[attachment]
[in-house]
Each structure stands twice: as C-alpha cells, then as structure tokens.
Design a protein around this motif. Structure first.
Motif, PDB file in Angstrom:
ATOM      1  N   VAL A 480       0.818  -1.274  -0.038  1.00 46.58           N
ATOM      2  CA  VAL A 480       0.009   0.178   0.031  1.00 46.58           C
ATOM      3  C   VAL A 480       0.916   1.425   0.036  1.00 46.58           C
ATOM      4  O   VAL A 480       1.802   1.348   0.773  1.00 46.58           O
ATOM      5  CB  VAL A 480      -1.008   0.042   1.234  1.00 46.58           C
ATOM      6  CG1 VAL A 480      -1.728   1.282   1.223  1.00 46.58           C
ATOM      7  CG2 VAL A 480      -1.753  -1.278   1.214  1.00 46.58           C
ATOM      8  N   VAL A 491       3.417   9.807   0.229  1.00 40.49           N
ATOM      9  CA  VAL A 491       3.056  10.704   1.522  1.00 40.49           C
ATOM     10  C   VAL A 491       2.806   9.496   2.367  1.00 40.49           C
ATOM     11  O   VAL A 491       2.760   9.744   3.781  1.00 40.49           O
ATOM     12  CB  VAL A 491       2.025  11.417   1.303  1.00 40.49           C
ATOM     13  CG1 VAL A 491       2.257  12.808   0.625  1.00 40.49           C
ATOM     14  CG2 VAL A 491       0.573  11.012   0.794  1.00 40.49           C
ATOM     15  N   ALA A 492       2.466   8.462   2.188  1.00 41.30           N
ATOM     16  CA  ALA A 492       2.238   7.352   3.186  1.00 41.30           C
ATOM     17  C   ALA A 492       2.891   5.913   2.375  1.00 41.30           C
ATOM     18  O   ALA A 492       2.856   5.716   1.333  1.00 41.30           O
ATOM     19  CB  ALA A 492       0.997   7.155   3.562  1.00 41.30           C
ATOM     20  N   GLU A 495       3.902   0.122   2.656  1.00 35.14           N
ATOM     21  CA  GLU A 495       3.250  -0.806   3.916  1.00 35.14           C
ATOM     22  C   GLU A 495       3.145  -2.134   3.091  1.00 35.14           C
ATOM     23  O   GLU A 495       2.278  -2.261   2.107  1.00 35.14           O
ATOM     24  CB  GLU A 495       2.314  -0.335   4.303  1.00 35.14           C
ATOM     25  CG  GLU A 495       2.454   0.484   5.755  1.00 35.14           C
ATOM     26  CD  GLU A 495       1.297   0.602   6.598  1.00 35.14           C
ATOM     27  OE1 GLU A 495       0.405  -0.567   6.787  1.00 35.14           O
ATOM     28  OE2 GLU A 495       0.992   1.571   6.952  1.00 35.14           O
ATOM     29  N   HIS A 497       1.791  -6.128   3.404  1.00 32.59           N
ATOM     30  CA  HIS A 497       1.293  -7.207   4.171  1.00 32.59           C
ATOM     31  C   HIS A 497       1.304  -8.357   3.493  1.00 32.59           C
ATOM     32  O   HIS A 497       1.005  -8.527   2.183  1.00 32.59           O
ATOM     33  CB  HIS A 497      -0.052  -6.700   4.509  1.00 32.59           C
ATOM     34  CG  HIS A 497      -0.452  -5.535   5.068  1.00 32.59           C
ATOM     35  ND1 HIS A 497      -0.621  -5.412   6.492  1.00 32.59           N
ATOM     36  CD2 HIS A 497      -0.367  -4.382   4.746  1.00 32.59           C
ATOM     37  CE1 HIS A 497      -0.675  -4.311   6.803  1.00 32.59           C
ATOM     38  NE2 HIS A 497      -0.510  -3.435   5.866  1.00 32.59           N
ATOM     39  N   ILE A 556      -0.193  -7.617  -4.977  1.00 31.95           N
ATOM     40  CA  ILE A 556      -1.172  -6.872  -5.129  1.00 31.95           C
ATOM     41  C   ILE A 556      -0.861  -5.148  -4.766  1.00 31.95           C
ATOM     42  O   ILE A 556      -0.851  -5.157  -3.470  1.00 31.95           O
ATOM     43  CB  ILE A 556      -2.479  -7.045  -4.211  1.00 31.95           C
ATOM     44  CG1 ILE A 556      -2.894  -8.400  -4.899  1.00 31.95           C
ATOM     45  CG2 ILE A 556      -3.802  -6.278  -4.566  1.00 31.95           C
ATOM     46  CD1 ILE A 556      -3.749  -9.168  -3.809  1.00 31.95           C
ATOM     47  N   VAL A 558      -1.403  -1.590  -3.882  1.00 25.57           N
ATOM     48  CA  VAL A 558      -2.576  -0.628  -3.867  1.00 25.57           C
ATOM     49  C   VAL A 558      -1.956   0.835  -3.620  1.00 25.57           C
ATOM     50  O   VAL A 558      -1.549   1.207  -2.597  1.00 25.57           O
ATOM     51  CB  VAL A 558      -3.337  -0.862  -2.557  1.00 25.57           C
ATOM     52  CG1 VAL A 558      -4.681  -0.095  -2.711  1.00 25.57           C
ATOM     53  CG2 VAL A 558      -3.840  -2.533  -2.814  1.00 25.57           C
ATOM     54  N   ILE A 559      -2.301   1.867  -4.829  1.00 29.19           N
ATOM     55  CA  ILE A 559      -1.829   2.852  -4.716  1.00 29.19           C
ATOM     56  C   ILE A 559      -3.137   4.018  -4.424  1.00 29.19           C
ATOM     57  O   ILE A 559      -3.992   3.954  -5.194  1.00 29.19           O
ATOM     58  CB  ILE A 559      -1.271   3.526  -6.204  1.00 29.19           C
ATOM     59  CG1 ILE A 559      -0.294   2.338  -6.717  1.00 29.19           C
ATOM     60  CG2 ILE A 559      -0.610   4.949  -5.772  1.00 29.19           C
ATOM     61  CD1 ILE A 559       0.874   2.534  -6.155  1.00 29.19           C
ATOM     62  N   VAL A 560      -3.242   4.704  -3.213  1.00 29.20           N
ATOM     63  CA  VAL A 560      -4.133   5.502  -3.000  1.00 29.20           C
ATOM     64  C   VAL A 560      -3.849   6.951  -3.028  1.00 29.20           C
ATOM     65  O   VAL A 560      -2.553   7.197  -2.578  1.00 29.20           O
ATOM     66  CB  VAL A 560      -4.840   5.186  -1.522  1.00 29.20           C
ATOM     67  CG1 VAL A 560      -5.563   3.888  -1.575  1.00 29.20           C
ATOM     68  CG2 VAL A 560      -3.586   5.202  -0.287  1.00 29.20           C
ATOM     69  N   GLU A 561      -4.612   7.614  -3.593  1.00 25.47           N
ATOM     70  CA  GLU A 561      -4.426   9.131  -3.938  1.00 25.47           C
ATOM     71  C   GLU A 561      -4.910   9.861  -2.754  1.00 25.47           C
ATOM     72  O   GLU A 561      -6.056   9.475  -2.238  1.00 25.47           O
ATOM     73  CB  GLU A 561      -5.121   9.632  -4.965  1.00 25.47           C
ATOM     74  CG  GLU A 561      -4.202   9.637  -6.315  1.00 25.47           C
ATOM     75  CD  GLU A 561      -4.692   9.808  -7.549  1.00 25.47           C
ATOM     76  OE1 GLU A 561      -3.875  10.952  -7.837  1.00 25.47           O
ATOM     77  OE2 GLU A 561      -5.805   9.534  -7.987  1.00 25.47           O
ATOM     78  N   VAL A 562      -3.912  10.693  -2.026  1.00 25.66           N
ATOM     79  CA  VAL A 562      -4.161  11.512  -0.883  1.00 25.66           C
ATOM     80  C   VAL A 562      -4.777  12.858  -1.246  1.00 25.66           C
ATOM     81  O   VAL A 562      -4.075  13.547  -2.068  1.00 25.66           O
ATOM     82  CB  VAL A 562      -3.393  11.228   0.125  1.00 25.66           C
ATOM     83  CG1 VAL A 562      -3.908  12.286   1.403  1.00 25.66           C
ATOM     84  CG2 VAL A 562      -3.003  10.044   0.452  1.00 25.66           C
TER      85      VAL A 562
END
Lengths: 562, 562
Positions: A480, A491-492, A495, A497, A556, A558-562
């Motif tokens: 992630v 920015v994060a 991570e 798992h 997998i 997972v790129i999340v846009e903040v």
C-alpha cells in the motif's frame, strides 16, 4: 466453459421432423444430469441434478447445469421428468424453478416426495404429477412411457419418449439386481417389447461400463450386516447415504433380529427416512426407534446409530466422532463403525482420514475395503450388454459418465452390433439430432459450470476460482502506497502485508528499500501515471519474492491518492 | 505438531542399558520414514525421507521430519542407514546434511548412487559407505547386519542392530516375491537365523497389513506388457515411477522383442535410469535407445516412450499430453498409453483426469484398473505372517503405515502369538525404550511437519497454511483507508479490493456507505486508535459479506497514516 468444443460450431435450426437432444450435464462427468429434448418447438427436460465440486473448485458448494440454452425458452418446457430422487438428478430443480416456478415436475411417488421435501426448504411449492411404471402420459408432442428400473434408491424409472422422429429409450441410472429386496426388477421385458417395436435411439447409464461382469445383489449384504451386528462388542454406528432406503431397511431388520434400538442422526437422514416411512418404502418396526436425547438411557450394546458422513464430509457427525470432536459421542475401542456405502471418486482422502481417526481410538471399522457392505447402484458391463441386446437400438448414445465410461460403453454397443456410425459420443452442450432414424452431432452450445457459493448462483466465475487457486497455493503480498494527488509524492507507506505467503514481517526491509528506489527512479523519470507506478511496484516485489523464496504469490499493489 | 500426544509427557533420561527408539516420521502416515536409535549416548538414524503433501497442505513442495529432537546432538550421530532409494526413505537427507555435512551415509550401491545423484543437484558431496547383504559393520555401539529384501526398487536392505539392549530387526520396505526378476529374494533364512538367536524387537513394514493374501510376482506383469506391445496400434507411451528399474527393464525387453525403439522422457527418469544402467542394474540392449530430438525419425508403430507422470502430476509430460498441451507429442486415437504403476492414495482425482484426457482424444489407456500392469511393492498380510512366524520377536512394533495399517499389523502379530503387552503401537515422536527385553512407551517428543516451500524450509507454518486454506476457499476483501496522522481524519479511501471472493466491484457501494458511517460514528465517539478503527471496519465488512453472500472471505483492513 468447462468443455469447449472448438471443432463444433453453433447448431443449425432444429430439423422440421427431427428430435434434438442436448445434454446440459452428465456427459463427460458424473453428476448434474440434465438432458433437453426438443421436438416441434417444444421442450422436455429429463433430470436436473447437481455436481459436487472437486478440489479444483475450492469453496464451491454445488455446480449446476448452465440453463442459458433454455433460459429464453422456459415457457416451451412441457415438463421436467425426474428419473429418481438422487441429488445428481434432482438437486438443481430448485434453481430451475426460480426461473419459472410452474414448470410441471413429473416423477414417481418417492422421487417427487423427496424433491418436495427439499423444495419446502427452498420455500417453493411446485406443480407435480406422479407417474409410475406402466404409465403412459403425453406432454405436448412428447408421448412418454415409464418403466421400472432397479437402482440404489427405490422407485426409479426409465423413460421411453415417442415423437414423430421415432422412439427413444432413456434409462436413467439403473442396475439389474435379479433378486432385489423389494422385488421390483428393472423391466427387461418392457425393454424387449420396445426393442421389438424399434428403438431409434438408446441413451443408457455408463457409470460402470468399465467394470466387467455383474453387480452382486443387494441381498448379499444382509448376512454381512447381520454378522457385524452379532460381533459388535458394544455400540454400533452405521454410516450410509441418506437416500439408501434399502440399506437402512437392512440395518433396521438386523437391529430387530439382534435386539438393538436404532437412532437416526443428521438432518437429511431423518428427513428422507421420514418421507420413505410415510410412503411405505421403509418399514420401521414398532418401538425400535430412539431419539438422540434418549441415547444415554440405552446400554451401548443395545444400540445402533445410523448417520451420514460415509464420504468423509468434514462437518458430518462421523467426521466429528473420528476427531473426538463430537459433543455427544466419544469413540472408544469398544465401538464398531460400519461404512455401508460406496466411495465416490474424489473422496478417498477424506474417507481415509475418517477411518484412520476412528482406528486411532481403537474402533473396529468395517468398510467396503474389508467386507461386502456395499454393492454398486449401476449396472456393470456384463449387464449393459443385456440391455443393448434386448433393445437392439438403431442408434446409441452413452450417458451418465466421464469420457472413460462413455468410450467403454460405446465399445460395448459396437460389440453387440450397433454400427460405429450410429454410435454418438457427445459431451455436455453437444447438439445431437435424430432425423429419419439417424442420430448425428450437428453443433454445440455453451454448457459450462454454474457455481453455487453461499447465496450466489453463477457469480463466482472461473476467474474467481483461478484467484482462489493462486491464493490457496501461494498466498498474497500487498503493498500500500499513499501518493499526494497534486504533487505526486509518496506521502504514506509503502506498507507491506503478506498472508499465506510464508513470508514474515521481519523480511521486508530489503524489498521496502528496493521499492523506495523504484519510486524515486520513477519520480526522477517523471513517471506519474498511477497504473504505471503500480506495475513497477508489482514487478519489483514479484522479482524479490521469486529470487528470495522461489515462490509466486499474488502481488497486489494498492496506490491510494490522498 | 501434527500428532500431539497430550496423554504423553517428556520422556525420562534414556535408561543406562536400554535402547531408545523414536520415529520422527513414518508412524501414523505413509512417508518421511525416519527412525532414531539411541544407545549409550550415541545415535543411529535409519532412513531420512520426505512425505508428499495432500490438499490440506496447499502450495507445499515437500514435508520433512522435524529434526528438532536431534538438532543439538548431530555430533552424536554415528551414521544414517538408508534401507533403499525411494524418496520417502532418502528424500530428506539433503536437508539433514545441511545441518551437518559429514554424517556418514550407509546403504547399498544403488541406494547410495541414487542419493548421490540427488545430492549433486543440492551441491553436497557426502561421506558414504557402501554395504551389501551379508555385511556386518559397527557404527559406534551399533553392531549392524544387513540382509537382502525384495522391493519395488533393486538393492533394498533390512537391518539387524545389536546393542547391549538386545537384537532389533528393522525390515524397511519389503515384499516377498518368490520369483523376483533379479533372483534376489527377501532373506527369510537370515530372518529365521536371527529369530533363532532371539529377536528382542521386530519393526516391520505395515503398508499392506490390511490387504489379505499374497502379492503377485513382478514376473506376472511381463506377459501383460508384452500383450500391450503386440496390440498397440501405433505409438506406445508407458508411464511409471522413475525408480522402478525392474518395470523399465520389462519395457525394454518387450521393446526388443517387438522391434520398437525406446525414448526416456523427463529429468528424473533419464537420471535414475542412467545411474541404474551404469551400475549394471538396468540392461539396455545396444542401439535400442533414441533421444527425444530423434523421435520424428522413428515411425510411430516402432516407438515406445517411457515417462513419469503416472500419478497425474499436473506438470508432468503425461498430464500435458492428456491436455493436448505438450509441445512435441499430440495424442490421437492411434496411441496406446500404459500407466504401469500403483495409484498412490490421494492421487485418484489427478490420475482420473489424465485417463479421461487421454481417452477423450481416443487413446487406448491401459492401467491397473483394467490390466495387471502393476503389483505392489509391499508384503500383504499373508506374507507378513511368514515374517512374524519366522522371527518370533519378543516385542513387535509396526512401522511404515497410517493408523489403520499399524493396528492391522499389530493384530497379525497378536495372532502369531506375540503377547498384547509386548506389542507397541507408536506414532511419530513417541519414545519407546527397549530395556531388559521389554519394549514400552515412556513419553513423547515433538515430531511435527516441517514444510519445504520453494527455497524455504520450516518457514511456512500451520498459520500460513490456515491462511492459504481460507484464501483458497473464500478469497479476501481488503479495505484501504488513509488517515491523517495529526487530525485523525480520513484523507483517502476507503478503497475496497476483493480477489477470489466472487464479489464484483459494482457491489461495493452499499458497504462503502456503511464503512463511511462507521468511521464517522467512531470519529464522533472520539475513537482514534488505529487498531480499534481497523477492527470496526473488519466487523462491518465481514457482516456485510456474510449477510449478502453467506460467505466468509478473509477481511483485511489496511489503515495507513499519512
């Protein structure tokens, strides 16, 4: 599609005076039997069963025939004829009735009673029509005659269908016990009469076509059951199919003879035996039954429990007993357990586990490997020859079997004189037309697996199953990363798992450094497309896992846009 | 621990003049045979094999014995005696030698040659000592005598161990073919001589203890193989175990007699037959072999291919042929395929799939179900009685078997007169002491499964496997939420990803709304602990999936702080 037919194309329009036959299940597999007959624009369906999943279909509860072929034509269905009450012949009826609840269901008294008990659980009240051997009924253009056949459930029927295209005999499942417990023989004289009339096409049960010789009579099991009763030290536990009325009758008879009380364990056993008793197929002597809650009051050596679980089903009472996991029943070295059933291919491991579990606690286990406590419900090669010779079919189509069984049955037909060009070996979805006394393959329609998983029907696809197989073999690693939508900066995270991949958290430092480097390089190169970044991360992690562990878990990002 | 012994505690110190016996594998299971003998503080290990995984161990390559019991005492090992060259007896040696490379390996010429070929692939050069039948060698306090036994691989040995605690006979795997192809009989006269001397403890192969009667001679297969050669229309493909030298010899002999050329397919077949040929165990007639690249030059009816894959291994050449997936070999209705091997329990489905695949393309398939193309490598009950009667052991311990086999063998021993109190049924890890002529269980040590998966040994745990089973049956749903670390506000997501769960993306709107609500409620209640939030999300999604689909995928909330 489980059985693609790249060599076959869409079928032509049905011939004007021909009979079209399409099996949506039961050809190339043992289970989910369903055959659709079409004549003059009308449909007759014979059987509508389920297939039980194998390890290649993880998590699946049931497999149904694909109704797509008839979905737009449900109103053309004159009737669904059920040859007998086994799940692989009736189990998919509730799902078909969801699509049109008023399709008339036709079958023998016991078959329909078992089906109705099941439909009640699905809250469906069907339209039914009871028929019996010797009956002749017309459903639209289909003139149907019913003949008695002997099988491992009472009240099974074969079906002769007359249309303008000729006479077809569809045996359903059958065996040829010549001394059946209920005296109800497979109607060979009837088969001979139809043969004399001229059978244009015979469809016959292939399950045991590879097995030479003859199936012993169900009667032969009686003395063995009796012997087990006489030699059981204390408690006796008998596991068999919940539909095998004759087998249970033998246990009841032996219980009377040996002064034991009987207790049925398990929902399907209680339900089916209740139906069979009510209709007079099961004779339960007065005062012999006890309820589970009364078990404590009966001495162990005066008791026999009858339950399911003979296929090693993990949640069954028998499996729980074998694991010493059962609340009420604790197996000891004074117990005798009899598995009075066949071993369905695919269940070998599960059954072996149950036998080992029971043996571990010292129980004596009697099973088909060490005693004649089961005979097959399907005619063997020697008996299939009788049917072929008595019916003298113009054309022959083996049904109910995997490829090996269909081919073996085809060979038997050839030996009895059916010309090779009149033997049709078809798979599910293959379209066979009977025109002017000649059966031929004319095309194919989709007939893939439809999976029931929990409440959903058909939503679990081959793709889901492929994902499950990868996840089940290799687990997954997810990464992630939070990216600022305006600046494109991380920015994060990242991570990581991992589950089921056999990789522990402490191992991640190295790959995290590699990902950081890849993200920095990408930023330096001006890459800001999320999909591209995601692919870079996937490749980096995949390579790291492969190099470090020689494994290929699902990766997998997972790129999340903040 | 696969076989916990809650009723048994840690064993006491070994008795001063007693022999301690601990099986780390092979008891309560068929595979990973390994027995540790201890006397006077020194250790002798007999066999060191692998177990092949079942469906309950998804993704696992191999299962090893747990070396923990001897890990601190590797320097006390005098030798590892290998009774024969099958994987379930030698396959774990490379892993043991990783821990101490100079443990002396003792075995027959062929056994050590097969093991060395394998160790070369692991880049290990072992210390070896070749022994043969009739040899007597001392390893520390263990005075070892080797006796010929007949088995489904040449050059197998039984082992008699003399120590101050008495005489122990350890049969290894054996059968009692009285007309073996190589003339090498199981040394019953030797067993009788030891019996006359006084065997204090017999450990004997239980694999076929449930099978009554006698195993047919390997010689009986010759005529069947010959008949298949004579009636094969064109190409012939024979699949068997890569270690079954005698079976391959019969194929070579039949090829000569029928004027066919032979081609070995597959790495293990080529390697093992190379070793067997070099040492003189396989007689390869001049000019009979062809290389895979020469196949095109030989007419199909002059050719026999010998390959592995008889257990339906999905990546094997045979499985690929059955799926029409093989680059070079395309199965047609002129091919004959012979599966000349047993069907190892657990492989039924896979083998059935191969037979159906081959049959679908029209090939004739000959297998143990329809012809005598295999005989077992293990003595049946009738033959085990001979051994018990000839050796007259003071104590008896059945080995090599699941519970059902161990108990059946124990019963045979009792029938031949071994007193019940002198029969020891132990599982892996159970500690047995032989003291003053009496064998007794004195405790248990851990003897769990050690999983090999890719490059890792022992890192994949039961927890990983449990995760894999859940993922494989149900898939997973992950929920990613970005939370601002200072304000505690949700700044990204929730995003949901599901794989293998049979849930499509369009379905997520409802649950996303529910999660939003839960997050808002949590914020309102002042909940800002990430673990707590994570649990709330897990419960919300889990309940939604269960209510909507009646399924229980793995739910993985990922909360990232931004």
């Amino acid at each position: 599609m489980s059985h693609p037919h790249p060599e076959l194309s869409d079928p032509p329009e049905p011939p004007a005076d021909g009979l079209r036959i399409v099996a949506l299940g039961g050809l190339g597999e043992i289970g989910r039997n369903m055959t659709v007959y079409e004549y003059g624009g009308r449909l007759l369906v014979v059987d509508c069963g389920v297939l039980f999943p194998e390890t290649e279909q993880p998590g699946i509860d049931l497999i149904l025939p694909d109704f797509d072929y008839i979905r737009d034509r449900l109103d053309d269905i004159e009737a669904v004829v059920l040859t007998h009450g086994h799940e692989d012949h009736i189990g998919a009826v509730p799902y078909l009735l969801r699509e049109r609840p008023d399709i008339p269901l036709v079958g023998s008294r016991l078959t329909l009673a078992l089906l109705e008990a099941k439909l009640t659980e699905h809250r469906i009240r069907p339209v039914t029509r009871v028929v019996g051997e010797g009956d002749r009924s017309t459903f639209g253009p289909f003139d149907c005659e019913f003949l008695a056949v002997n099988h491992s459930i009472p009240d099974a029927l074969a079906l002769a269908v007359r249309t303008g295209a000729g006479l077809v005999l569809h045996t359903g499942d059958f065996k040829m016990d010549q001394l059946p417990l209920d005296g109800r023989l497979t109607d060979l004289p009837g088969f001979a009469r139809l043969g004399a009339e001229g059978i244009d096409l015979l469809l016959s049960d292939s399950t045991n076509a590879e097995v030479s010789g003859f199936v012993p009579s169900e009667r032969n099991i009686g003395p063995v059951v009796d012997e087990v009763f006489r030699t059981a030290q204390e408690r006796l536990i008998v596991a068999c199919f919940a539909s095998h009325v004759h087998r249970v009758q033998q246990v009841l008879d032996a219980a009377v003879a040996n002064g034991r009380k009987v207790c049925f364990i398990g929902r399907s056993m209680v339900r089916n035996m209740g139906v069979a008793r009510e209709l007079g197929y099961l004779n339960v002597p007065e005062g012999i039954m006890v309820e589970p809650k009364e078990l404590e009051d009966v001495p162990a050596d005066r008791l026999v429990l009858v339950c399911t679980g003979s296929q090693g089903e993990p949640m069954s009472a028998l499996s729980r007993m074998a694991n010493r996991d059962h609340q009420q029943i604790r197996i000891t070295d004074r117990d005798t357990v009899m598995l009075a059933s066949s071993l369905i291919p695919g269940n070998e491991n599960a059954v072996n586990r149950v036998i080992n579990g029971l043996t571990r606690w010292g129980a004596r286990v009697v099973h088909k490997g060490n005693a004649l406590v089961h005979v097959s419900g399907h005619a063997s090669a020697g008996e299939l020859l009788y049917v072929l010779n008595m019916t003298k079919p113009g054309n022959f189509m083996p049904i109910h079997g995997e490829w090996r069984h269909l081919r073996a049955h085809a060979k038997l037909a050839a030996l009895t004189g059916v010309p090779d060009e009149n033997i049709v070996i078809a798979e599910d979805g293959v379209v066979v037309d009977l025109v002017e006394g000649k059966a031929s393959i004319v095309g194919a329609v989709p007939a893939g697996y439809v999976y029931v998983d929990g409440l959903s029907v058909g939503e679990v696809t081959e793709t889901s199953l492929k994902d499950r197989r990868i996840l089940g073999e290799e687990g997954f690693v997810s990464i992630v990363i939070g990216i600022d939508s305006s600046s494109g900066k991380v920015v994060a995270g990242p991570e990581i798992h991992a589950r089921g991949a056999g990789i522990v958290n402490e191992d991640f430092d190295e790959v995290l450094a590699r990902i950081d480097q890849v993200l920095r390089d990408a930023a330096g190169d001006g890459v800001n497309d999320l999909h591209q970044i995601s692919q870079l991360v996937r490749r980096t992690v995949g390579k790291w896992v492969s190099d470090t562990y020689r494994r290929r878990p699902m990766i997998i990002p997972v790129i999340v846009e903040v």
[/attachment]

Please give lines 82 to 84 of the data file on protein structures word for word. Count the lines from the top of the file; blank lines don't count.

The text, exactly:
ATOM     78  N   VAL A 562      -3.912  10.693  -2.026  1.00 25.66           N
ATOM     79  CA  VAL A 562      -4.161  11.512  -0.883  1.00 25.66           C
ATOM     80  C   VAL A 562      -4.777  12.858  -1.246  1.00 25.66           C